Also known as TMD or TMJ Disorder/Dysfunction affects the joints and muscles of the jaws. Millions of people each year suffer from mild to severe symptoms during jaw movements such as chewing, talking, and swallowing. Some even suffer when the jaws are not moving. TMJ Disorder can adversely affect your health and quality of life.
The TMJ is a complex joint; it connects your mandible (jawbone) to your temporal bone (skull) and is very well innervated (lots of nerves in the area). Its movement can be felt when you put your baby finger into your ear and open and close your mouth. By the way it should not hurt when you do this.
TMJ Disorder is often difficult to diagnose as it can mimic many other conditions, so if you are experiencing headaches (including migraine headaches) or jaw pain or tenderness that your MD is unable to adequately explain you may actually be suffering from TMJ Disorder. Other common symptoms of this disorder are:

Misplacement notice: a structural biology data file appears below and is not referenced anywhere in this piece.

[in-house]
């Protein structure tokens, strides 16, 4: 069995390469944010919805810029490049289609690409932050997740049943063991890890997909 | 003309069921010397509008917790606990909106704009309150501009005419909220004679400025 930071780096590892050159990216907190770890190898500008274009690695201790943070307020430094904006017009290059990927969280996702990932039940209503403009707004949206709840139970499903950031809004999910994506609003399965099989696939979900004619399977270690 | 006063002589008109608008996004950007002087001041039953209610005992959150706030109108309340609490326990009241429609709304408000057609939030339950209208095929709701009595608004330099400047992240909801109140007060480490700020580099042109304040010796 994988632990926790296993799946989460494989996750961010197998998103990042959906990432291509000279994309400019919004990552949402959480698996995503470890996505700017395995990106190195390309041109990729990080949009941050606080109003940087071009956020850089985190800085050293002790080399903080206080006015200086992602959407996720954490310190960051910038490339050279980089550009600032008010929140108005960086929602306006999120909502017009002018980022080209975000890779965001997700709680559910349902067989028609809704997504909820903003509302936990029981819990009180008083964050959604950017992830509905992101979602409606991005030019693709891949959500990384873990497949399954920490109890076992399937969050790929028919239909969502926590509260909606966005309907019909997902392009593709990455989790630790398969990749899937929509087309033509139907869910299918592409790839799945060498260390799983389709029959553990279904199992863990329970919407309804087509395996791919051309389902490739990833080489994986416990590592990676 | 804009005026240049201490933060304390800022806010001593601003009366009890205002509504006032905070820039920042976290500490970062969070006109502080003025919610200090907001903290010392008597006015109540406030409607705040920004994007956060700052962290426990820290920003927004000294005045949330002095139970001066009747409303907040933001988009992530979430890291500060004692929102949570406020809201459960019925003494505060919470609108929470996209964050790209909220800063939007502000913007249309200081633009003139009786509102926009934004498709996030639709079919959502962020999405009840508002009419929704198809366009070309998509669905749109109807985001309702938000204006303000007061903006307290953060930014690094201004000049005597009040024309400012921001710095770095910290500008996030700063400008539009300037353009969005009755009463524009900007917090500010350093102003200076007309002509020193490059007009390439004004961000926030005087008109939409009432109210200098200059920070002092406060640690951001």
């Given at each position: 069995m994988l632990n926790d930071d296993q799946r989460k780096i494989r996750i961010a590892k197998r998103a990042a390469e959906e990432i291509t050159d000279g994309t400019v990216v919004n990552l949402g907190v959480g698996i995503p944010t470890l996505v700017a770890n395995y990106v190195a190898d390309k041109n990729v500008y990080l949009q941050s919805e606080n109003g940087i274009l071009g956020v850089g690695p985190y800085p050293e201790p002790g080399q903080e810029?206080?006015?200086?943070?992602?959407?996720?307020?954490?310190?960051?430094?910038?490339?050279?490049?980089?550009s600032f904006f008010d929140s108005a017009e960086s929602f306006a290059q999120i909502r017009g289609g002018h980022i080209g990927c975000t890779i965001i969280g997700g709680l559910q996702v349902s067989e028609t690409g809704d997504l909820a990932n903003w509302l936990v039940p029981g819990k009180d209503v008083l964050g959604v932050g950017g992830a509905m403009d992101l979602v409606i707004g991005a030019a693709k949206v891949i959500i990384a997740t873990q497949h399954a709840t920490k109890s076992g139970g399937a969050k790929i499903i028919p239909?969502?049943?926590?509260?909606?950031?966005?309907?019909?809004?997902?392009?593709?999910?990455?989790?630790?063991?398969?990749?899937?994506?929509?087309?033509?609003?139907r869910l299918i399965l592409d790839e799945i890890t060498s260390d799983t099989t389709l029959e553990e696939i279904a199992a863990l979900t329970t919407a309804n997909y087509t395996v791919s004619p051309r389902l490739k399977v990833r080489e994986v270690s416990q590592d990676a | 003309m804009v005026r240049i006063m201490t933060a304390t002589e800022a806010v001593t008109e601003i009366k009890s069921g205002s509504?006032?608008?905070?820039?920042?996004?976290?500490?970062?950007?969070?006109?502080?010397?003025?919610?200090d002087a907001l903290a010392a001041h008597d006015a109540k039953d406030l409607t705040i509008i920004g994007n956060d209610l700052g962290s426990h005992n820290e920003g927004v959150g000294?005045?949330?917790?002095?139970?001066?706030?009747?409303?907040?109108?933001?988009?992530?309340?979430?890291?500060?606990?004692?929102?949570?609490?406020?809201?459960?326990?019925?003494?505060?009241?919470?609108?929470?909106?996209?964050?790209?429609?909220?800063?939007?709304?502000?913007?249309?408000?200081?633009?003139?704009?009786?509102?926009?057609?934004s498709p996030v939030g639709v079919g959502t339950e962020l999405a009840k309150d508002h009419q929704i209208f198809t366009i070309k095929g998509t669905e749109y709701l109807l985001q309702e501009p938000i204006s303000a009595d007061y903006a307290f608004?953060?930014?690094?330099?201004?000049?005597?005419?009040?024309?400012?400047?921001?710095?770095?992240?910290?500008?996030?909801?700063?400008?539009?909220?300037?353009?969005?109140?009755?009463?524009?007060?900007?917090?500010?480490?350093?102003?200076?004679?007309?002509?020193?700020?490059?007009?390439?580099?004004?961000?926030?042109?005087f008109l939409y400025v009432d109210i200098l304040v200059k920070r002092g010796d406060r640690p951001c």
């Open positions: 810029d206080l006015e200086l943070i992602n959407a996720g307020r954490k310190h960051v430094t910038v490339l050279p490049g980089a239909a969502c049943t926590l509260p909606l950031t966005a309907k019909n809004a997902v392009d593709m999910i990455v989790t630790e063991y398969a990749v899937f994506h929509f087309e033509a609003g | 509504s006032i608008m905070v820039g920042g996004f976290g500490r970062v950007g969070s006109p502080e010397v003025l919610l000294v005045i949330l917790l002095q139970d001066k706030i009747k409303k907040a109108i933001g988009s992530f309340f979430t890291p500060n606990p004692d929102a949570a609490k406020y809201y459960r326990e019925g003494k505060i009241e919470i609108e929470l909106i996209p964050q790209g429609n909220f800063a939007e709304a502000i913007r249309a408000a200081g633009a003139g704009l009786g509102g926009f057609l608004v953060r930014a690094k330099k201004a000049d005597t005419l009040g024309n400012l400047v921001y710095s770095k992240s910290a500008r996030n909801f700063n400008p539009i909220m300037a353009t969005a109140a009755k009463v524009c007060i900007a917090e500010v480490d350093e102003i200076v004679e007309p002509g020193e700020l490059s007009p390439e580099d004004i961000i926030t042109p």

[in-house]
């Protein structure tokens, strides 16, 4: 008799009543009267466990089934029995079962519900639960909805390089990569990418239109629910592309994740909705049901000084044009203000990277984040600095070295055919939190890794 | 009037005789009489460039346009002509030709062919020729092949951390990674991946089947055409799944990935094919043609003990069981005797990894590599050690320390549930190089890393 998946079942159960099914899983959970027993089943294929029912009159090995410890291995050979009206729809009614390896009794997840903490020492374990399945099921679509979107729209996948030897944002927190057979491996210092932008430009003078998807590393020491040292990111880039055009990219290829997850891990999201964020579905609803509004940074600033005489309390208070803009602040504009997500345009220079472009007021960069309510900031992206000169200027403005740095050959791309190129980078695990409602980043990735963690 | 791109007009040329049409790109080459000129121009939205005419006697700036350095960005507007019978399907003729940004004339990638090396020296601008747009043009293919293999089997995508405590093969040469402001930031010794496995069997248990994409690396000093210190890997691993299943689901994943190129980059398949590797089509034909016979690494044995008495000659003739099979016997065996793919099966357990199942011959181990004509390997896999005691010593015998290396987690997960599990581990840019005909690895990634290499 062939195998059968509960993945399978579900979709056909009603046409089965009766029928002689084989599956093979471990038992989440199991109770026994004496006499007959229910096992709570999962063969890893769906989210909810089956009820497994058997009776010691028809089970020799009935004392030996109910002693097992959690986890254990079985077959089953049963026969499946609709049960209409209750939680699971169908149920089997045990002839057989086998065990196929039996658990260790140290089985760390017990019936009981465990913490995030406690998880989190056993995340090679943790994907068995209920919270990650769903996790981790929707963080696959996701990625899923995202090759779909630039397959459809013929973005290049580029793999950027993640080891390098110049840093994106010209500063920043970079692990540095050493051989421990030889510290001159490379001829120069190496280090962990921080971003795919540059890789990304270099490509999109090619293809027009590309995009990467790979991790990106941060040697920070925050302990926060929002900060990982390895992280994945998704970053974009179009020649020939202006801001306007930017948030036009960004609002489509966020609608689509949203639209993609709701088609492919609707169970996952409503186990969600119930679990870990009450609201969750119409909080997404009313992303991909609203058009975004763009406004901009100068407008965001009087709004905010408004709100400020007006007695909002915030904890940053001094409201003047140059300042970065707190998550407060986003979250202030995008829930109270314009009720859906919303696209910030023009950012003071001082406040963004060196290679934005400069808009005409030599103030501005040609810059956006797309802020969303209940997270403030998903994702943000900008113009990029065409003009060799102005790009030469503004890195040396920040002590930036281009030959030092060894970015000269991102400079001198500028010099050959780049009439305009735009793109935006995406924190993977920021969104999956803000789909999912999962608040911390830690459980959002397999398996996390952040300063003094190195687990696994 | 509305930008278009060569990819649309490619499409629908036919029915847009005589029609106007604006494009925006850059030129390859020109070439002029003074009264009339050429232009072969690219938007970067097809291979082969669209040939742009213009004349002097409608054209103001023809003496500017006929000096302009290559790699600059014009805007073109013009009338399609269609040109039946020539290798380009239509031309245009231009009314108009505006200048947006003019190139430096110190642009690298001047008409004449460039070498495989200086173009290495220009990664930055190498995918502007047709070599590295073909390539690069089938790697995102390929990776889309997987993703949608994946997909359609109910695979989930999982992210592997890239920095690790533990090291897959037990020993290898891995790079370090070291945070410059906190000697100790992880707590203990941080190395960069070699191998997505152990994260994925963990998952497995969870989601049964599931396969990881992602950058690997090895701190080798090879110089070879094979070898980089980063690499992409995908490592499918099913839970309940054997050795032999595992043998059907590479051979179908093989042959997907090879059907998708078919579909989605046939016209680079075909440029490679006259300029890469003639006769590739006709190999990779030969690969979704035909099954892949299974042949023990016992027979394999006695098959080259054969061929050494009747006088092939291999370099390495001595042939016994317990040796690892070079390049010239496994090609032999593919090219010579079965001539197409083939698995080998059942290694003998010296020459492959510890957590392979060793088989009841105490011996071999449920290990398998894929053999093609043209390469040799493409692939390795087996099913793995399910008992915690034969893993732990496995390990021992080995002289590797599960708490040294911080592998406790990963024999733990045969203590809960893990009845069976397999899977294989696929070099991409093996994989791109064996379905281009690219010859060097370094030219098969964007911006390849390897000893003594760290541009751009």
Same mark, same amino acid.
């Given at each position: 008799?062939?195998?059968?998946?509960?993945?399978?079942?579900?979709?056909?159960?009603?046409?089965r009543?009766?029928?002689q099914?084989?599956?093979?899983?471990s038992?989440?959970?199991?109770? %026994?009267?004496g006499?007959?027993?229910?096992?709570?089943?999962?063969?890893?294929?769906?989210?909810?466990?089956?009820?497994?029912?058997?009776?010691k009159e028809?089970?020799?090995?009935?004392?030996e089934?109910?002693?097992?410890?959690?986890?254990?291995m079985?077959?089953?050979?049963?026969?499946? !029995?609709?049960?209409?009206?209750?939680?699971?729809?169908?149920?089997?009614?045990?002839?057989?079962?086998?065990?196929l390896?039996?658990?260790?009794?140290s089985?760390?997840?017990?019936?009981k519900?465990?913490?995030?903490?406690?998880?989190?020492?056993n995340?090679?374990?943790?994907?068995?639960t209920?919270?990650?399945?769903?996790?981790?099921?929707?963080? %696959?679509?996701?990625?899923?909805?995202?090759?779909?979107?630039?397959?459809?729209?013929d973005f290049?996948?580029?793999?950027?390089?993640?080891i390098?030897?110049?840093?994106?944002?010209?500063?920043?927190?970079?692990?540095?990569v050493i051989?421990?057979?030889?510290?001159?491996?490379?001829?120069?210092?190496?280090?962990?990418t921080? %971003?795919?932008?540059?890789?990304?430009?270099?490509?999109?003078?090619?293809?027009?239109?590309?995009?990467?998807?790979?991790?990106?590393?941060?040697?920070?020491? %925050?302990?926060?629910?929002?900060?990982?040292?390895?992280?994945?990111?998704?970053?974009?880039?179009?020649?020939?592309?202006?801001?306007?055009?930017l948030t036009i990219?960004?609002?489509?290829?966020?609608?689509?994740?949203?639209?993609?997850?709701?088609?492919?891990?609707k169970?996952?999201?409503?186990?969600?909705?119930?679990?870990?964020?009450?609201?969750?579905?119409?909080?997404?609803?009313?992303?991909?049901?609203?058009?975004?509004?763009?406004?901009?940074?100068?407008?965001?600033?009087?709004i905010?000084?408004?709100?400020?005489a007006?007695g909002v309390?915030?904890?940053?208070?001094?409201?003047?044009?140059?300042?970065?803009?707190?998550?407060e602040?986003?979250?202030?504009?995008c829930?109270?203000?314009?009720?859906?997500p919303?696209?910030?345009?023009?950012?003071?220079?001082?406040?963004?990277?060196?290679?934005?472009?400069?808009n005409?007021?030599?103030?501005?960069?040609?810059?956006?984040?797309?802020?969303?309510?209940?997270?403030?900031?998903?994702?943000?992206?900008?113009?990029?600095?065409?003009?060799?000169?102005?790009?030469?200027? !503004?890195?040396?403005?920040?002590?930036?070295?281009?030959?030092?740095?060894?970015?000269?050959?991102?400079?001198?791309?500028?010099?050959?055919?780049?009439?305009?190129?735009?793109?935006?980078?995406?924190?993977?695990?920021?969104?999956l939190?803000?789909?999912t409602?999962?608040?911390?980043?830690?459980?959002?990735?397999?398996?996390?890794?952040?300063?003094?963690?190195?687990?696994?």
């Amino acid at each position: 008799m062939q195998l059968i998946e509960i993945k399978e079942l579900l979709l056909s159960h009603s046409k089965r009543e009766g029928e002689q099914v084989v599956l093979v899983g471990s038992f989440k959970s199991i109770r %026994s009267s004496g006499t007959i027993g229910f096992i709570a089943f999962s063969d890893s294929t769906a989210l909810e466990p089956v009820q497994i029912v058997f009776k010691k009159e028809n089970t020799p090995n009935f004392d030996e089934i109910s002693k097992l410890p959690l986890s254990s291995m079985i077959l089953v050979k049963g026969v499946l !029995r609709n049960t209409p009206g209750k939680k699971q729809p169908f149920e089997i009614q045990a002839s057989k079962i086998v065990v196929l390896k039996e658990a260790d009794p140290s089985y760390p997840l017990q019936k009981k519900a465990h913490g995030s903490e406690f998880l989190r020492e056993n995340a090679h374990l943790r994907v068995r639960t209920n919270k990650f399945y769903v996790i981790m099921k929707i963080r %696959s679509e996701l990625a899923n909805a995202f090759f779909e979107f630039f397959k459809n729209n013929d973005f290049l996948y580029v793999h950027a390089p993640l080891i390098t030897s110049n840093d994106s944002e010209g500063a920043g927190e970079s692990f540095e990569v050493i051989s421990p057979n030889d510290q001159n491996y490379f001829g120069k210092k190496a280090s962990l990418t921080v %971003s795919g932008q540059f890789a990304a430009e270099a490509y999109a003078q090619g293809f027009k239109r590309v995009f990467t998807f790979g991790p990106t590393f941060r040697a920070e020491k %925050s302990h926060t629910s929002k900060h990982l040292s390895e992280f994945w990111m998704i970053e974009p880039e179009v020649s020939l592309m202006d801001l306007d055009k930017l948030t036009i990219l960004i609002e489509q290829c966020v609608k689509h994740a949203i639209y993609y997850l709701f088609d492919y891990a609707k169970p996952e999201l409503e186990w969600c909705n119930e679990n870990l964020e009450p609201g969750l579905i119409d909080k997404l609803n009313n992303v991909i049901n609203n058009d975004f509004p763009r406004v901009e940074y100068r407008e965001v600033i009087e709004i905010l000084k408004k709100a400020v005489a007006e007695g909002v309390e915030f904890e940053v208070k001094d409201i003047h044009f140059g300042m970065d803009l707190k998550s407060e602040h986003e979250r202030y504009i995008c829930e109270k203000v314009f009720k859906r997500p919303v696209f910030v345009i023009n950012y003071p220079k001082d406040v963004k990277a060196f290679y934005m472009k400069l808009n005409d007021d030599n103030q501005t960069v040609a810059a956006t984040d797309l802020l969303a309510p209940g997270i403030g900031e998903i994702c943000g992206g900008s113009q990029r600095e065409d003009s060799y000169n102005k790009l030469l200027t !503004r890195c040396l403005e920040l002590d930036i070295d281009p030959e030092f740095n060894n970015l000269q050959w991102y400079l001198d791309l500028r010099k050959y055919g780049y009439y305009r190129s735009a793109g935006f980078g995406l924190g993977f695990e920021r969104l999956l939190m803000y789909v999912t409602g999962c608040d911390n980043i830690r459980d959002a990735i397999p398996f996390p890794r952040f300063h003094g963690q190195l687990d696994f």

- Limited opening
- Ear congestion or tinnitus (ringing)
- Postural problems
- Head, neck and shoulder tenderness or pain
- Sensitive teeth
- TMJ noises during movement (clicking or popping)
- Vertigo (dizziness)
- Clenching and/or bruxing (grinding)
- Difficulty chewing or swallowing
The cause of TMJ Disorder is often difficult to pin point. Sometimes an event, for example a blow to the head, can be the definitive injury to the joints but often it is the last straw in an already taxed system. The pain may build gradually over the years or it may come on all of a sudden. It is most often caused by a combination of several factors.
The diagnosis of TMJ Disorder occurs with a thorough examination of your muscles, teeth and joints. The treatment for TMJ Disorder may be as simple as rest, a soft diet and limited jaw movements for a few weeks but most often treatment consists of wearing an oral appliance (mouth guard or splint) overnight. In more severe instances an orthotic is fabricated to realign your joints and improve your bite.
As with many conditions the ideal scenario is the prevention of TMJ Disorders. This can be achieved by setting the stage for optimal growth and development in infants and children, by encouraging a functional bite through the teen years and limiting the amount of damage caused by clenching or bruxing in adulthood. Of course we will not be able to eliminate TMJ Disorders altogether but we are able to minimize them.